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Hackers are selling over 500,000 Zoom passwords, so switch to Discord already

Zoom the movie is better than this Zoom.

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Image: KnowTechie

Last week I suggested the best alternative to Zoom was to never use it, at least in the context of work. Regardless of the sarcasm, now there is more evidence that Zoom is a flawed platform and switching to Discord or Microsoft Teams doesn’t seem like a wholly terrible idea.

BleepingComputer is reporting that cybersecurity intelligence firm Cyble has discovered that Zoom accounts, including logins and passwords, are being posted on hacker forums. Some are being posted for free, some are being sold for fractions of a penny. To date, Cyble has tabulated there are over 500,000 available.

Cyble purchased a bulk of 530,000 Zoom credentials for less than $0.0020 per login. These logins were discovered and revealed by something called “credential stuffing attacks” in which malicious hackers use older login/password data dumps to basically guess Zoom logins. This is because people tend to use the same password and login for multiple sites, so if one was breached, chances are that login and password combo would be used in another program, like Zoom.

This breach didn’t just affect individuals, it also affected numerous companies and educational institutions. Users at colleges and banks had their emails and logins exposed. So, on a related note, your IT department would really like it if you changed your password.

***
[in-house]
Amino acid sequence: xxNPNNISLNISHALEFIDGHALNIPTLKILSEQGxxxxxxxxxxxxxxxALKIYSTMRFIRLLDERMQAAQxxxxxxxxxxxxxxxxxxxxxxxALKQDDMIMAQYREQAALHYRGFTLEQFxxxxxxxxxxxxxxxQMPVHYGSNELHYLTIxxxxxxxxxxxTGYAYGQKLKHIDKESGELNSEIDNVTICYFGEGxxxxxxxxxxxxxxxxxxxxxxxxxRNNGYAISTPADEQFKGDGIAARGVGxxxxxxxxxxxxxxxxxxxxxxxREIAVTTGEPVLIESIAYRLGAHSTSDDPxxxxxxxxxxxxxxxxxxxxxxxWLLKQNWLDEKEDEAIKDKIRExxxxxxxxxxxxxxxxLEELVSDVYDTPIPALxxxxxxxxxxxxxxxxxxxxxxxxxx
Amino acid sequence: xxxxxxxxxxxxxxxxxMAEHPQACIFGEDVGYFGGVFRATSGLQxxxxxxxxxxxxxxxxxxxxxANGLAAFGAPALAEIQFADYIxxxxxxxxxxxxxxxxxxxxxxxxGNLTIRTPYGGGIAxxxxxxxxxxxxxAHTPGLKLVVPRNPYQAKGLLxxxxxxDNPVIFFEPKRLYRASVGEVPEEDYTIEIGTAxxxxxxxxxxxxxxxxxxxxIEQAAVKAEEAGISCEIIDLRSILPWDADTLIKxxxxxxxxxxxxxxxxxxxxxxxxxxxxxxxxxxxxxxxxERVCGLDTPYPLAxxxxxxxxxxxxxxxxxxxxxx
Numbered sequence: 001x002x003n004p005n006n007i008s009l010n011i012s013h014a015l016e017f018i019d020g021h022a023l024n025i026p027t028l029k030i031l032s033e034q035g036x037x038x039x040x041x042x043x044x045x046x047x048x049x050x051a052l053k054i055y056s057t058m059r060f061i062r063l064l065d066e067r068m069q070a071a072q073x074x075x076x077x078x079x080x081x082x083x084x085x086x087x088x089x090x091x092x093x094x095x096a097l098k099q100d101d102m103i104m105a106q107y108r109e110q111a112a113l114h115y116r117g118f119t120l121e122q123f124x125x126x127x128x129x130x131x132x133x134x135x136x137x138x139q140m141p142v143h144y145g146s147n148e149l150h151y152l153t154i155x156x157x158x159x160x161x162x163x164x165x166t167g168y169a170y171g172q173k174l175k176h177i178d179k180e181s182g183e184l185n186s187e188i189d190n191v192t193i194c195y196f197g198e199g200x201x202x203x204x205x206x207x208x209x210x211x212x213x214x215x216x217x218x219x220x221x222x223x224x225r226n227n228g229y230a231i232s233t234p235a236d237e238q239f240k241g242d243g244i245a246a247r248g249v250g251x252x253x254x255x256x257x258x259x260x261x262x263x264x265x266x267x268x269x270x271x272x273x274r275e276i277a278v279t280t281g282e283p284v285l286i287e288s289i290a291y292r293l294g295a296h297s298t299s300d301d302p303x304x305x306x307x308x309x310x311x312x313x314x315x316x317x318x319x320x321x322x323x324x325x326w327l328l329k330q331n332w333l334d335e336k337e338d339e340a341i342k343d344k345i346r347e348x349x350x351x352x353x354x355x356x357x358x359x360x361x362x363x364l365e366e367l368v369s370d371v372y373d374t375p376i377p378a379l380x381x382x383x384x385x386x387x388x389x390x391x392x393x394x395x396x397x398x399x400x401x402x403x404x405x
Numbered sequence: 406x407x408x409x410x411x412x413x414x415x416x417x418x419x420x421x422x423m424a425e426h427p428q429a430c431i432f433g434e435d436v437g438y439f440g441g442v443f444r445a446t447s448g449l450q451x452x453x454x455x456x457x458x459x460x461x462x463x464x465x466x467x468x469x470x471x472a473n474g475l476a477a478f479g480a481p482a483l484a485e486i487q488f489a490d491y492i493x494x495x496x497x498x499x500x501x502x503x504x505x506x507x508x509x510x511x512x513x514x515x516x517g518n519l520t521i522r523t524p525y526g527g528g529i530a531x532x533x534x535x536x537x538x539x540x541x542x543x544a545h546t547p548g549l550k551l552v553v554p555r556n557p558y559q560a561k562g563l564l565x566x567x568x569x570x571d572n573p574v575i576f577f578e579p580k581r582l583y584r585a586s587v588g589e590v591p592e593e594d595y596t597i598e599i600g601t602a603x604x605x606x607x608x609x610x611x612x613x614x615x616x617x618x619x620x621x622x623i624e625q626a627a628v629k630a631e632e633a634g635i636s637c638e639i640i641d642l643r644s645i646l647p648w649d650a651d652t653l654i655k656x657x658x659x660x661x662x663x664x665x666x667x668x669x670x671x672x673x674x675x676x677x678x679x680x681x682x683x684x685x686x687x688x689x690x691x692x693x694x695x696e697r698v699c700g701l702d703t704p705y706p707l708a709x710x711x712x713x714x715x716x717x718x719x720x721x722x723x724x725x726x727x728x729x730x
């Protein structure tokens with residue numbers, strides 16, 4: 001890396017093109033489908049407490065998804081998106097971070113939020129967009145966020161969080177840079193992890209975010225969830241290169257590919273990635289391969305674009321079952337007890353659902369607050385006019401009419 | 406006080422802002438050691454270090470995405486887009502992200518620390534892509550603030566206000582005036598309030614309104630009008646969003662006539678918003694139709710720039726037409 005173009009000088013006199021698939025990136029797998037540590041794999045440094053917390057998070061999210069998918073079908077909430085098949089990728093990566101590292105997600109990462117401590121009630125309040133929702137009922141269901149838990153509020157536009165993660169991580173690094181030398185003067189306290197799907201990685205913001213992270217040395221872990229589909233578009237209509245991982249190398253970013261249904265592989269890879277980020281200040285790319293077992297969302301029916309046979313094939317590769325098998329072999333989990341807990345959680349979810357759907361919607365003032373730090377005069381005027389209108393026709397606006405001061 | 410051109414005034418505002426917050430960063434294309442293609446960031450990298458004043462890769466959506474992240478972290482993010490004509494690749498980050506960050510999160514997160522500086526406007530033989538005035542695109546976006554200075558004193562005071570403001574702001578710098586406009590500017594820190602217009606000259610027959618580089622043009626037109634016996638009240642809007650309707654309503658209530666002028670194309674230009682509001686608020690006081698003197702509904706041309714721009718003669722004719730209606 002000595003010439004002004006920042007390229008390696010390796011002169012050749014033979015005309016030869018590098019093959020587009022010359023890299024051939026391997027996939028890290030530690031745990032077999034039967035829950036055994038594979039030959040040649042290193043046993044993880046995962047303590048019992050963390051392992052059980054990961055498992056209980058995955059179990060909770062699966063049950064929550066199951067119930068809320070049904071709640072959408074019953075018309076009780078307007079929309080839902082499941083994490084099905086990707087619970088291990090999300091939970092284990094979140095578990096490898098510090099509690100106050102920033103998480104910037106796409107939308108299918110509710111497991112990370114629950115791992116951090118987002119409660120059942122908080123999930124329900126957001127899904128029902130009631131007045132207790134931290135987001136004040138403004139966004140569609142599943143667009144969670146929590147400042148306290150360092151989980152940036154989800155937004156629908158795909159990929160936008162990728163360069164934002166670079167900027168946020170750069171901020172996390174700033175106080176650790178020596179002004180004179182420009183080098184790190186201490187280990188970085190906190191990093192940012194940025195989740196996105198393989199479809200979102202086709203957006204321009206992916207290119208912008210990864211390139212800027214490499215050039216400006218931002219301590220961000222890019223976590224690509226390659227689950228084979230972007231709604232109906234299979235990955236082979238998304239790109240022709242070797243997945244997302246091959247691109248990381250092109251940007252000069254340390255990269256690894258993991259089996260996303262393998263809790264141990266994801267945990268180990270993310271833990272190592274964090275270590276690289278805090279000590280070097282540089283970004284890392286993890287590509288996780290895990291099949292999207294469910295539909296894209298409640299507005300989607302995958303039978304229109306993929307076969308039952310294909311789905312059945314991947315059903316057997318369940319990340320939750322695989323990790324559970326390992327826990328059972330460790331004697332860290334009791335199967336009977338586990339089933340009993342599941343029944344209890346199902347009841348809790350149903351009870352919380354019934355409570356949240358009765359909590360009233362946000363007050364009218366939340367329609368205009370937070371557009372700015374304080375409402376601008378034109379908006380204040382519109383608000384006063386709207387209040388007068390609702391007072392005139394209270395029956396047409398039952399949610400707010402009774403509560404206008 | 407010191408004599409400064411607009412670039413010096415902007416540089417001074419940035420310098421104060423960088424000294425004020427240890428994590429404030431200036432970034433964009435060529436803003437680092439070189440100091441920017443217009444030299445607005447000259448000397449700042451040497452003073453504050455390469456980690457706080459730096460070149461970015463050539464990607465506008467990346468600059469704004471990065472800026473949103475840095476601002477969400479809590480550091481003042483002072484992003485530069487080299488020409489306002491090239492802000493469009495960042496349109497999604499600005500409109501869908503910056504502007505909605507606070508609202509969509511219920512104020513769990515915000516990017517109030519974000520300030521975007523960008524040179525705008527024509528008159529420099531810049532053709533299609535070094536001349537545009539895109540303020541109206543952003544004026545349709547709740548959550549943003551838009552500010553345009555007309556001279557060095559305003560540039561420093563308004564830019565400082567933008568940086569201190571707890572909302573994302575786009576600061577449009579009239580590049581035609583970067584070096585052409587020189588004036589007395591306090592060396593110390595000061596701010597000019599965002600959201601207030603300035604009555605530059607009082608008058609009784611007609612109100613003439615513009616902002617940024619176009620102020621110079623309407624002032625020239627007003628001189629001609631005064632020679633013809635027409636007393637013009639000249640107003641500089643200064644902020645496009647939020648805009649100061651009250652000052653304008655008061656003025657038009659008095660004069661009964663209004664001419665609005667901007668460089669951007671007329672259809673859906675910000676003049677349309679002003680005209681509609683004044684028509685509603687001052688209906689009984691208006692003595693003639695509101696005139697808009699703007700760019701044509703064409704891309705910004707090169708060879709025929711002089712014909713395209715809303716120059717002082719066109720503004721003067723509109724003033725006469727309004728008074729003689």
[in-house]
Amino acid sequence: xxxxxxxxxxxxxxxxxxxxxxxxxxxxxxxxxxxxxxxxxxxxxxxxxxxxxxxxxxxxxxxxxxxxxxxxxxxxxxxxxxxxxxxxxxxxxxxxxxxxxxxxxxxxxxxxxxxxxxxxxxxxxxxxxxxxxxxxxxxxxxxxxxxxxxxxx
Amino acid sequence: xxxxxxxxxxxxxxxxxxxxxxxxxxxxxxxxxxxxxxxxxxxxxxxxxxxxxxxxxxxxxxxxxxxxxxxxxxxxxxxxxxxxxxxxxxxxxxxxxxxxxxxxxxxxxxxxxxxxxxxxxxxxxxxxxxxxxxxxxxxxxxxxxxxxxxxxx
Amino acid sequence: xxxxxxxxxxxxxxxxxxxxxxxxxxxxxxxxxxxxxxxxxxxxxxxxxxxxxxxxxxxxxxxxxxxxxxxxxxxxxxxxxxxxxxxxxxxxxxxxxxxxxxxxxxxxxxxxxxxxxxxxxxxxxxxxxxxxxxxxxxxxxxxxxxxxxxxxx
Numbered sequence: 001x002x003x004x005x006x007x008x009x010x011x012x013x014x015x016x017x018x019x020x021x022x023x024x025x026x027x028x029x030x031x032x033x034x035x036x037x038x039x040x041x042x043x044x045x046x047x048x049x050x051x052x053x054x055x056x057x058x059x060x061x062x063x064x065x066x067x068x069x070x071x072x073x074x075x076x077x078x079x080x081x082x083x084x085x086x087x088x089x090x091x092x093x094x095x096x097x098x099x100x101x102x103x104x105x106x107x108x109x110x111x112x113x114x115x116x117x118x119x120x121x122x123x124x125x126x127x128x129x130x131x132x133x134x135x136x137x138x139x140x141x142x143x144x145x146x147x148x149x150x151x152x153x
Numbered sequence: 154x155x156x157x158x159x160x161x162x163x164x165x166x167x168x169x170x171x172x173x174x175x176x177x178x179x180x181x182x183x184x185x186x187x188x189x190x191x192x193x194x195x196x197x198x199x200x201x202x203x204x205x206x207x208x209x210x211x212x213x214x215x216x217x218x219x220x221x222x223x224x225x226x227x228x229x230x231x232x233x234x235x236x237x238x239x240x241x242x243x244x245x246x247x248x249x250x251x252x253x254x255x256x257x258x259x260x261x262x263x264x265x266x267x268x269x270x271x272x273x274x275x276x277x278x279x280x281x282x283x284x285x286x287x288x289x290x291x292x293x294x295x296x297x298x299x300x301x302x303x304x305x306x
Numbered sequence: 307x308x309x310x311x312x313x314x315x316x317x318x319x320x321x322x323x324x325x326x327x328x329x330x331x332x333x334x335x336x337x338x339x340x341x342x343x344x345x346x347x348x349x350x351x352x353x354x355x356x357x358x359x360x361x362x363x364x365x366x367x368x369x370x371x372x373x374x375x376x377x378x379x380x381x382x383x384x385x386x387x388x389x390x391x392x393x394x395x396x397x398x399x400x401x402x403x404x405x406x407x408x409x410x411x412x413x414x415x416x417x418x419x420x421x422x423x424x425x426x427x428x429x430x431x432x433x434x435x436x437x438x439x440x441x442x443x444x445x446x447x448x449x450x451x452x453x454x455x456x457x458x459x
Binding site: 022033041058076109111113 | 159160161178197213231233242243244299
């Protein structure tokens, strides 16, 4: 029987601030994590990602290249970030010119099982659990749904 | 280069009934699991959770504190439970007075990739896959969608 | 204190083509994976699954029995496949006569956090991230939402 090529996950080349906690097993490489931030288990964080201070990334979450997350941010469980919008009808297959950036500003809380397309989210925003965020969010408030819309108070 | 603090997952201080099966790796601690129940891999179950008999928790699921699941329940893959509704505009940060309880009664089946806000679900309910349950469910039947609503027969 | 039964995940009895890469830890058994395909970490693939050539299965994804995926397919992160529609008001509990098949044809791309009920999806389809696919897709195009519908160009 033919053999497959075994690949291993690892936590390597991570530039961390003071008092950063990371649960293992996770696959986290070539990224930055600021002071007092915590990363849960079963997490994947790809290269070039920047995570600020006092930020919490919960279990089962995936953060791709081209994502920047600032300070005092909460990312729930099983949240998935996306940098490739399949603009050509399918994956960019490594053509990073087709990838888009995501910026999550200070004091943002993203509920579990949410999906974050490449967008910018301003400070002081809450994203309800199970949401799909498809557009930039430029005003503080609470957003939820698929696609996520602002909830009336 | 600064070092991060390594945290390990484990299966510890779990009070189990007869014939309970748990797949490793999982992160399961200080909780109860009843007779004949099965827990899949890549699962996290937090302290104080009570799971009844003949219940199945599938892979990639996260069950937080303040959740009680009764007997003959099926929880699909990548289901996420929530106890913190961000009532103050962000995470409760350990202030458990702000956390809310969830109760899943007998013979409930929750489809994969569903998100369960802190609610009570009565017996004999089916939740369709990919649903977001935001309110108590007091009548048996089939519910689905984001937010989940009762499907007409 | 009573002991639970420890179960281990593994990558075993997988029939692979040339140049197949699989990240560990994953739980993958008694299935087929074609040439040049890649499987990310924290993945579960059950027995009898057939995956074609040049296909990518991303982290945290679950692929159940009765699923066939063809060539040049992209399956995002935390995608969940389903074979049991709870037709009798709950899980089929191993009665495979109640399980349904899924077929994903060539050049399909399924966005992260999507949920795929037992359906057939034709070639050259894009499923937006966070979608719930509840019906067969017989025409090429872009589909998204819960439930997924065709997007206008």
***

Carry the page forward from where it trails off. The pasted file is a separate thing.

So what can you do to prevent getting Zoom bombed by some racist piece of basement-dwelling trash?

Well, you can check sites like Have I Been Pwned or Am I Breached if you want to see if your email has been compromised. But these services only know what they know and they might not have a full list of breached email addresses. So considering the volume and considering that for some reason y’all won’t switch to the obvious communication platform (Discord), change your damn Zoom password.

Additionally, change how you use Zoom. Don’t just change your password, but require one when you set up a Zoom call. Use all the available security features, the best one being not to use the platform at all until it can manage to stay out of the news for a week.

What do you think? Surprised that Zoom account credentials are being sold left and right? Let us know down below in the comments or carry the discussion over to our Twitter or Facebook.

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